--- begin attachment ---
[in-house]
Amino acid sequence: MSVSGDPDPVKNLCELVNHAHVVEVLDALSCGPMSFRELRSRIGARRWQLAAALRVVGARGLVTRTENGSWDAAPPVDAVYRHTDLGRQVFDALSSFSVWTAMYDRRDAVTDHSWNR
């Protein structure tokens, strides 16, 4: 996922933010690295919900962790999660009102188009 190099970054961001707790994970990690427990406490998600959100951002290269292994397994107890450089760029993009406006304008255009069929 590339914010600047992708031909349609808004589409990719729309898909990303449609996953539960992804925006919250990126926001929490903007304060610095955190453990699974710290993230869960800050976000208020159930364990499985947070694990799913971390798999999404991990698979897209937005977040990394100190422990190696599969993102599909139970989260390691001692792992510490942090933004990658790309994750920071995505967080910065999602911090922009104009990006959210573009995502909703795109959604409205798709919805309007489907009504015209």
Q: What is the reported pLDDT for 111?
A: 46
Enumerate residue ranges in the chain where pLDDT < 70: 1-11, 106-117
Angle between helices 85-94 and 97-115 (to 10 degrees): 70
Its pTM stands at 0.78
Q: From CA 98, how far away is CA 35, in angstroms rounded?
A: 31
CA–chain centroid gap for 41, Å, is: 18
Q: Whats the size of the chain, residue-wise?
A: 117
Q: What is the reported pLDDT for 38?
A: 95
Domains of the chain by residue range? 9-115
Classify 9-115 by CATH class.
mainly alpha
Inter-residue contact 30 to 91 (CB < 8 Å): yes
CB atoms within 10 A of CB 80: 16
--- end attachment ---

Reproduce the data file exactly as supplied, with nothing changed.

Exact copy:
[in-house]
Amino acid sequence: MSVSGDPDPVKNLCELVNHAHVVEVLDALSCGPMSFRELRSRIGARRWQLAAALRVVGARGLVTRTENGSWDAAPPVDAVYRHTDLGRQVFDALSSFSVWTAMYDRRDAVTDHSWNR
């Protein structure tokens, strides 16, 4: 996922933010690295919900962790999660009102188009 190099970054961001707790994970990690427990406490998600959100951002290269292994397994107890450089760029993009406006304008255009069929 590339914010600047992708031909349609808004589409990719729309898909990303449609996953539960992804925006919250990126926001929490903007304060610095955190453990699974710290993230869960800050976000208020159930364990499985947070694990799913971390798999999404991990698979897209937005977040990394100190422990190696599969993102599909139970989260390691001692792992510490942090933004990658790309994750920071995505967080910065999602911090922009104009990006959210573009995502909703795109959604409205798709919805309007489907009504015209």
Q: What is the reported pLDDT for 111?
A: 46
Enumerate residue ranges in the chain where pLDDT < 70: 1-11, 106-117
Angle between helices 85-94 and 97-115 (to 10 degrees): 70
Its pTM stands at 0.78
Q: From CA 98, how far away is CA 35, in angstroms rounded?
A: 31
CA–chain centroid gap for 41, Å, is: 18
Q: Whats the size of the chain, residue-wise?
A: 117
Q: What is the reported pLDDT for 38?
A: 95
Domains of the chain by residue range? 9-115
Classify 9-115 by CATH class.
mainly alpha
Inter-residue contact 30 to 91 (CB < 8 Å): yes
CB atoms within 10 A of CB 80: 16